Death is the central theme of these days, as is each and every early November in Mexico and in the world. It is also the central theme of multiple compositions of all kinds, including the ten that are presented below for the mortuary delight of the reader.
1.- “All Things Must Pass”. George Harrison. In her first solo album, after the separation of the Beatles, Harrison presented an extraordinary collection of songs, among which stands out the one that gives name to the album triple of 1970. “All things must pass”, says the good George, imbued by the philosophy of hinduism.
2.- “In My Time of Dying”. Led Zeppelin. “When you reach my time of dying, I don’t want anyone I cry / the only thing that I ask is that you carry my body home” sings Robert Plant in is a fantastic song-a prayer full of blues, from the album Physical Graffiti in 1975. A gem, with the amazing guitar of Jimmy Page and the resounding drums of John Bonham. Pride.
3.- “Knocking on Heaven’s Door”. Bob Dylan. Touch the gates of heaven, as a metaphor of the death which is approaching inexorably. That speaks to this great composition of Dylan, which was part of the soundtrack of the movie Pat Garrett and Billy the Kid, directed by Sam Peckinpah in 1973. The concert version that we present here is simply prodigious.
4.- “Dead Flowers”. The Rolling Stones. A great track full country, content in one of his greatest albums, the Sticky Fingers 1971. “You can send me dead flowers every morning / Send me dead flowers by the mail / Send dead flowers to my wedding / and I won’t forget to put roses on your grave”. Great.
5.- “What’s Good”. Lou Reed. In 1992, Reed produced the album Magic and Loss, with 14 songs that talked about the disease and the death. His great friend, the composer Doc Pomus, had just died of cancer and Lou dedicated the entire album, without falling in atmospheres depressive; quite the opposite: trying to see things the most natural way and sweet as possible. A great concept album at the height of the art.
6.- “Lazarus”. David Bowie. A song is chilling, especially when we put it in the context of what was the imminent death of Bowie, who recorded it knowing that he remained a few months, perhaps weeks, of life. Dramatic, harrowing, harsh, but at the same time resigned and wise, “Lazarus” is practically an epitaph within the last disc of this genius of the universal music.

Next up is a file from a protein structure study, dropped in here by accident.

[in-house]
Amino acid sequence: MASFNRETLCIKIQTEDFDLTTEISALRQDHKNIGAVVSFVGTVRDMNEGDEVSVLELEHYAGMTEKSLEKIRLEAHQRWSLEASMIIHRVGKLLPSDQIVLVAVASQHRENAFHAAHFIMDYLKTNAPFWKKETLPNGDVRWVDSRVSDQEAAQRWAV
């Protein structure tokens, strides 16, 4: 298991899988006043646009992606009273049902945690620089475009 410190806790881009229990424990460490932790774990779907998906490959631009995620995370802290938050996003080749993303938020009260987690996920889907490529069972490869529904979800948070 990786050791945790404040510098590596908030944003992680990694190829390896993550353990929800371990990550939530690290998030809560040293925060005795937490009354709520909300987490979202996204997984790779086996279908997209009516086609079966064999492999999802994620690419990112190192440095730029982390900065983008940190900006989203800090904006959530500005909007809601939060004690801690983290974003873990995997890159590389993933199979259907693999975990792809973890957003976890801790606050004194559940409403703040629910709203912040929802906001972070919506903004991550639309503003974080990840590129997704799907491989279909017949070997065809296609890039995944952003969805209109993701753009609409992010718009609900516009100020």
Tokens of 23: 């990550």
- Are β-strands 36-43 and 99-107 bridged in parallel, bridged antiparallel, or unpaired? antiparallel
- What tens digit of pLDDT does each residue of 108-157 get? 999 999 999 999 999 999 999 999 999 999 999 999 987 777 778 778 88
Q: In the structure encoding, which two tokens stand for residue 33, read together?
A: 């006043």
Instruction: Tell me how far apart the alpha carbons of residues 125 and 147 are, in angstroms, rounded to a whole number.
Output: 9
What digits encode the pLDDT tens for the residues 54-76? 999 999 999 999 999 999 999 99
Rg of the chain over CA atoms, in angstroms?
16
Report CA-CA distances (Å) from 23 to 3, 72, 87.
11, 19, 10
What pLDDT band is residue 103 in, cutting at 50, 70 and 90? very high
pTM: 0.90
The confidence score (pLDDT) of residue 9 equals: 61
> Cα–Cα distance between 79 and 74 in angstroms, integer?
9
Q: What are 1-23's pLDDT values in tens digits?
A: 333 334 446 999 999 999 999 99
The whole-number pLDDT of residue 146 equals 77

7.- “Leaving the Table”. Leonard Cohen. When Cohen recorded his last album, the beautiful You Want It Darker of 2016, I knew that not much time left in this world. This song would seem to confirm this, with his letter of abandonment and reconciliation with life. “I don’t need a pardon, no one is to blame / I Leave the table, I’m out of the game”. Sad and convincing. Moving.
8.- “Ain’t No Grave (Gonna Hold This Body Down)”. Johnny Cash. Recorded seven years before the death of the legendary singer-songwriter folk-country, this piece speaks obsessively about the tomb which shall contain the body of the singer. Topic of tints, religious, interpreted austere and full of restlessness.
9.- “Death Letter”. The White Stripes. A huge and amazing blues of the legendary, Are the House in this explosive version of Jack White, from the album De Stijl (2000). Guitar, drums and vocals in a dry and wild interpretation.
10.- “These Are the Days of Our Lives”. Queen. Although Brian May wrote “The Show Must Go On” Freddie Mercury in 1991, knowing that the singer was terminally ill, and this had the arrests of record which would be his farewell song and convert it in the hymn that closed their album posthumous, the Innuendo 1991, this other piece of the same disk, it seems to me more beautiful and simple, with a Mercury AIDS victim, singing with evident fatigue and at the same time with a touching nostalgia to the life that was slipping.